My visit to AIPAD

Here I am at AIPAD surrounded by students from The New Hampshire Institute of Art
Here I am at AIPAD surrounded by students from The New Hampshire Institute of Art

Going to AIPAD is a bit like a pilgrimage to Mecca for photography collectors. Every year those dealers who belong to the membership organization (AIPAD stands for the Association of International Photography Art Dealers) gather in New York for a grand exhibition and collectors, photographers, critics and the general public descend on the New York Armory to explore the offerings.

Here I am with Burt Finger from Photos Do Not Bend
Here I am with Burt Finger from Photos Do Not Bend

I’ve never made the trip before, but my wife, Judith, has and was intending to go this year as my proxy. However, when we got a call from Missy and Burt Finger who represent my work in their Dallas gallery, Photos Do Not Bend (PDNB), letting me know that Catherine Evans, curator at the Columbus Museum of Art and Mason Klein, curator at The Jewish Museum, were interested in talking to me about the Photo League, I decided to make the trip. Catherine and Mason co-curated The Radical Camera, the first museum exhibition in three decades about the Photo League. It combines the substantive collections of both museums in a highly lauded touring exhibit now at the Norton Museum of Art in West Palm Beach, Florida. I’m pleased that my work is represented in that show. At the Norton’s opening Catherine gave a keynote talk and slide show that included my recently found negatives from a Photo League meeting in 1949. She wanted to underscore the character of the Photo League as a place where people of all backgrounds came together — something that was not that common in the 40’s. We’re still hoping others who see these photos might be able to identify who some of these other photographers were.

Luckily Missy arranged a wheelchair for me so that I could enjoy being wheeled around the floor of AIPAD in my modified hot rod fueled by Judith (who likes to say that she’s always wanted to “push me around”!) Once inside the doors of the showroom, I was delighted to be encircled by a great group of young people from the New Hampshire Institute for Art, who recognized me and had apparently spent some time studying my work. They came down from Manchester with Gary Samson, chair of the photography department who invited me to come up and do a talk sometime — something I’m delighted to do!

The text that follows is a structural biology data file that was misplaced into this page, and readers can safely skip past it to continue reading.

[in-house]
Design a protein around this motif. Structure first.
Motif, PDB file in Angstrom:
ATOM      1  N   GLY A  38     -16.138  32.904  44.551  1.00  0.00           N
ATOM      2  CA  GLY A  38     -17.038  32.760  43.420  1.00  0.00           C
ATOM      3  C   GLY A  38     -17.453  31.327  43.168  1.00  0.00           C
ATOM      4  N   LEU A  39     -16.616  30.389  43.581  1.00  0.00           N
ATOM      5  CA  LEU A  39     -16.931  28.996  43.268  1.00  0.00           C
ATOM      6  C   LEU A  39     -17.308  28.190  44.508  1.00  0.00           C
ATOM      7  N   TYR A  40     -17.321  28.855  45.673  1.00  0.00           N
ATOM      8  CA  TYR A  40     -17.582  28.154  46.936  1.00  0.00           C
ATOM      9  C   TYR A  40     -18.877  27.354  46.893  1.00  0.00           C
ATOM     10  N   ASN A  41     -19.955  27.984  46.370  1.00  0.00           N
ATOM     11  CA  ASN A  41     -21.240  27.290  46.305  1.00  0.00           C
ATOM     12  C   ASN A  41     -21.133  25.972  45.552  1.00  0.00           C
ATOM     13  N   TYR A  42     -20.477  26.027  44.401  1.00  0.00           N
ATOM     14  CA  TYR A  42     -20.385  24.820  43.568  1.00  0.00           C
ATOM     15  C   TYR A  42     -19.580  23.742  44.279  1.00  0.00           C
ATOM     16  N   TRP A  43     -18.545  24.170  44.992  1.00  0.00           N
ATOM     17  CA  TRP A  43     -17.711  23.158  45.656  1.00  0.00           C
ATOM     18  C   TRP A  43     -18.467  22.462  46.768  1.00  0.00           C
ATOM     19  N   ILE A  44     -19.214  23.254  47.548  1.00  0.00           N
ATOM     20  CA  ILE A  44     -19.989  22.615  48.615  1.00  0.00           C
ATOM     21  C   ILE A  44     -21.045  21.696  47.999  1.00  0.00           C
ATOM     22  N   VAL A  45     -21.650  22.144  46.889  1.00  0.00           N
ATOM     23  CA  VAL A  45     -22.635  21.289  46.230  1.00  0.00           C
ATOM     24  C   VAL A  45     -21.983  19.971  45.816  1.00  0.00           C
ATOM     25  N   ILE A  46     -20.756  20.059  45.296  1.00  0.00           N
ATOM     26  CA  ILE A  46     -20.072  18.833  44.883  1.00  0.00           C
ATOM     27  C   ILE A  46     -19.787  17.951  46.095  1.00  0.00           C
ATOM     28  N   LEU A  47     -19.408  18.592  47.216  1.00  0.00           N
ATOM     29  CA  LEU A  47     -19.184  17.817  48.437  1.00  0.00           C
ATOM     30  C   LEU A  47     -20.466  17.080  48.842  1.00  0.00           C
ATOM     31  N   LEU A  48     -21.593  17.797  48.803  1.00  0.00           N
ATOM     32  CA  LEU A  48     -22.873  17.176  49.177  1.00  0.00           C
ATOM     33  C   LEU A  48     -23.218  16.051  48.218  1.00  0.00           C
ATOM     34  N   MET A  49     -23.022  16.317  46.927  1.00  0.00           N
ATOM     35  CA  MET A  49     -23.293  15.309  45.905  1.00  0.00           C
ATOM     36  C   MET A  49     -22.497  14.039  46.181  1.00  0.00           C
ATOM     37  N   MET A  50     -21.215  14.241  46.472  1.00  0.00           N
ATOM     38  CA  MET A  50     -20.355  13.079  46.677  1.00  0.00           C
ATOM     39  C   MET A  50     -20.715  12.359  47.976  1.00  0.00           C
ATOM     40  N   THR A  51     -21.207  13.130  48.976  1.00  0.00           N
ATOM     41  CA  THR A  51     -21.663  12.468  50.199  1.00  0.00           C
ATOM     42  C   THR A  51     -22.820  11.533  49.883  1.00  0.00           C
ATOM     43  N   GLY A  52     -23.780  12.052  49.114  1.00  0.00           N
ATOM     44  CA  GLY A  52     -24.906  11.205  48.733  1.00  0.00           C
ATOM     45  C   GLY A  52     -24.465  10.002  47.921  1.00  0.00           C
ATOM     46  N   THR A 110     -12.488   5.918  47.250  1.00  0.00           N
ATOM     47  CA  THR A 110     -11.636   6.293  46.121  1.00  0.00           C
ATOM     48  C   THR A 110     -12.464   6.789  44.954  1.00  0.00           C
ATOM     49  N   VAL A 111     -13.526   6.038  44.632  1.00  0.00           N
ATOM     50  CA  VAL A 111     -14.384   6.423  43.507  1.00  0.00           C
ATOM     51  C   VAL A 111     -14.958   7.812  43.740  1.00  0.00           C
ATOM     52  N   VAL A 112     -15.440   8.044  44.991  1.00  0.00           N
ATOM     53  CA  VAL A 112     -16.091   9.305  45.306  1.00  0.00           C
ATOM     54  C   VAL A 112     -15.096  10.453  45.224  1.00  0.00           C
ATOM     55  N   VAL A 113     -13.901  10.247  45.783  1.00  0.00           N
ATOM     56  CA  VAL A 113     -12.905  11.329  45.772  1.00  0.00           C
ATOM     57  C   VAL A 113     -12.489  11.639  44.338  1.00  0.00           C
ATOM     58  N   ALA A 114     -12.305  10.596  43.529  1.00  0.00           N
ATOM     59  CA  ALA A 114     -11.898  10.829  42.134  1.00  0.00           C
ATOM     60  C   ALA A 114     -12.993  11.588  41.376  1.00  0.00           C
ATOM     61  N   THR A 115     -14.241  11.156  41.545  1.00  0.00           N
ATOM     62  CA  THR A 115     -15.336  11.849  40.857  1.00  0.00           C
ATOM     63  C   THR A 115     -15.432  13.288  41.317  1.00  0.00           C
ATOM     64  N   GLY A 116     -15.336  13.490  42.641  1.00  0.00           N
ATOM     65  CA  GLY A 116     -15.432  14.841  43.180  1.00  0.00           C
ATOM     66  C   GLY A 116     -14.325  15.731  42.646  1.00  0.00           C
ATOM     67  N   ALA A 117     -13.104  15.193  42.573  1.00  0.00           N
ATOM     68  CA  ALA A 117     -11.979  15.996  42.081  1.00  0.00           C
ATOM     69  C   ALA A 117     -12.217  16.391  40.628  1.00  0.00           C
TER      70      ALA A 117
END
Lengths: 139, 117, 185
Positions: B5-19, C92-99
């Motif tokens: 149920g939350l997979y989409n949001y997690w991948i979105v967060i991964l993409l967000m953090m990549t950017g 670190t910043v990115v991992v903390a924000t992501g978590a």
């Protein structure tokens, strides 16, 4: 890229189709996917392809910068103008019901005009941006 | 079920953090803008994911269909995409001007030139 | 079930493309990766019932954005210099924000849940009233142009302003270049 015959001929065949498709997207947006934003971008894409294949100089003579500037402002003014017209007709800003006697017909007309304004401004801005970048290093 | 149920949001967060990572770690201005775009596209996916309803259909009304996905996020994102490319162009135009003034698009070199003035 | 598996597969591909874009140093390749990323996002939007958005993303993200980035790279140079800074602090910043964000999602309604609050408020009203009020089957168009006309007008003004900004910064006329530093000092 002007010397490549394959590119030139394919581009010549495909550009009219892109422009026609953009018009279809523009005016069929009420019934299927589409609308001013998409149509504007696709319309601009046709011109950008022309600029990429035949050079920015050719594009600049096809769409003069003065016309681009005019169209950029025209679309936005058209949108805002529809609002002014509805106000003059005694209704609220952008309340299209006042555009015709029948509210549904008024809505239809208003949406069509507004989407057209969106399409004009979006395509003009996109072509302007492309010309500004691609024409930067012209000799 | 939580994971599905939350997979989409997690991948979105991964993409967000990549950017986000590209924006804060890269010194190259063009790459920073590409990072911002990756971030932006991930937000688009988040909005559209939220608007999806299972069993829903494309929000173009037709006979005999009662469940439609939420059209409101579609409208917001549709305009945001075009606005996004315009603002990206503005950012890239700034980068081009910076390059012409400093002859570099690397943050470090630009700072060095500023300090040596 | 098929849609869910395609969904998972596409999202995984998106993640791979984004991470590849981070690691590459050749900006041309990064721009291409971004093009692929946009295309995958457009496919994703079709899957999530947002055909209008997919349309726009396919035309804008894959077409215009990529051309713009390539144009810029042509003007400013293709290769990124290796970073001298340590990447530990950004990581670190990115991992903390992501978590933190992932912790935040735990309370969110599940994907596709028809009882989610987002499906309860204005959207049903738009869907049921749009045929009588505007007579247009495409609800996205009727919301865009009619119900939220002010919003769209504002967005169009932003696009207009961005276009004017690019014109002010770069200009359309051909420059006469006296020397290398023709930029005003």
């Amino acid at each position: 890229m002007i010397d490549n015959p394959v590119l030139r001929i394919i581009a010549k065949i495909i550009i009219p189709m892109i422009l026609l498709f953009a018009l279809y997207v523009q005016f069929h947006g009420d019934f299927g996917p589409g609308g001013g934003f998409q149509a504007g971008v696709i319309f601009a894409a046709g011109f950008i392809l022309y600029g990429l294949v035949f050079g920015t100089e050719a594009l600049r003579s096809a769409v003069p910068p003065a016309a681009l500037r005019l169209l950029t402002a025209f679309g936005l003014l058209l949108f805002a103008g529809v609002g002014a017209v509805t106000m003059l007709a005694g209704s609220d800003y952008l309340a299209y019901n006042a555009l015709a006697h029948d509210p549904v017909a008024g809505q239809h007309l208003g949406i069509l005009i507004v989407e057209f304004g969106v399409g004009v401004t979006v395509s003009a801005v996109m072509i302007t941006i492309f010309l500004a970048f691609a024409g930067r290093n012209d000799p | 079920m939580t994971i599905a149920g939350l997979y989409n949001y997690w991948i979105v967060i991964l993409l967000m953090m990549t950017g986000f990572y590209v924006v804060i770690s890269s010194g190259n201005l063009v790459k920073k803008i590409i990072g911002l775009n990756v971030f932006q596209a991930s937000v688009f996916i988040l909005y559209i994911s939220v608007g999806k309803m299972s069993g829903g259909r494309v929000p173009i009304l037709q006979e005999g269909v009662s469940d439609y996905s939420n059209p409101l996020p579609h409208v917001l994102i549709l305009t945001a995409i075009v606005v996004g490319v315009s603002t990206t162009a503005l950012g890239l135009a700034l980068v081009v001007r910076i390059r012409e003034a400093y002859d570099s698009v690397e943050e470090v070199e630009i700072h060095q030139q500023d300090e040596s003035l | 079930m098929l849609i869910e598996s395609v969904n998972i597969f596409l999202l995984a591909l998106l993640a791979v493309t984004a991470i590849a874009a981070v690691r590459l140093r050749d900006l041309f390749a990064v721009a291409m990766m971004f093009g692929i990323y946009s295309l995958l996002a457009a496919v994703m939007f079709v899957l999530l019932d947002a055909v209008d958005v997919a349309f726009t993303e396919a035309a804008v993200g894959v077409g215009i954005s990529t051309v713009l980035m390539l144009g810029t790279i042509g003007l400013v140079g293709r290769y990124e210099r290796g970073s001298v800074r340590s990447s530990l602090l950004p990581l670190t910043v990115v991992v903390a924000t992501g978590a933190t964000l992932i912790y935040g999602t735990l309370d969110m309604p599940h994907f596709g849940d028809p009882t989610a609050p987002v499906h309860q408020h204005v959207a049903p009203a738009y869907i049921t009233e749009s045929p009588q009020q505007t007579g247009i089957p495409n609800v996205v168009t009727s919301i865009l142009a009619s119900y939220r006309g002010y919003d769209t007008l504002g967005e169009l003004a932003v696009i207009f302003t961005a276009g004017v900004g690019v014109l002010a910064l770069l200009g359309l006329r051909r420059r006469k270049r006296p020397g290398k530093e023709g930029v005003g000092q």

Charles Schwartz is a former student and dealer from New York with a booth at AIPAD.
Charles Schwartz is a former student and dealer from New York with a booth at AIPAD.

Other friends I bumped into included Bob Shamis, a former student and former curator for the Museum of the City of New York, whose book, New York in Color, I highly recommend, and Mary Engel, daughter of Morris Engel and Ruth Orkin who heads up APAG (American Photography Archive Group), a great group of folks who meet several times a year to discuss strategies and issues related to managing a large photo archive. Mary is responsible for helping us track down and identify one of the unidentified people from the Photo League negs. (See my blog Up-date on Photo League negatives). I also visited with Charles Schwartz who is also a former student and a photography dealer (AIPAD member) who carries my work. He offered me a copy of his recent Blurb book, Light Reclaimed, featuring some of his collection of daguerreotypes.

It was a full and fun day! Thanks to my dear friend and former student, Mariette Pathy Allen who hosted us for several days and who shared with me her incredible photographs from her on-going photo essay that shares the humanity of the transgender community in Cuba. Stay tuned for more on those. I am soon to begin my new blog category Spotlight on my Students, which will feature the work of a different students of mine from 1955 up to the present! Mariette will be my first feature. You’ll definitely want to see her photos!

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Allan MacGregor

Hi Harold,

It was great seeing you among the NH students at AIPAD, obviously enjoying yourself!

I really enjoyed going through the photos from The Radical Camera show. What a golden era for “straight” photography! It was “subversive” as truthful art is.


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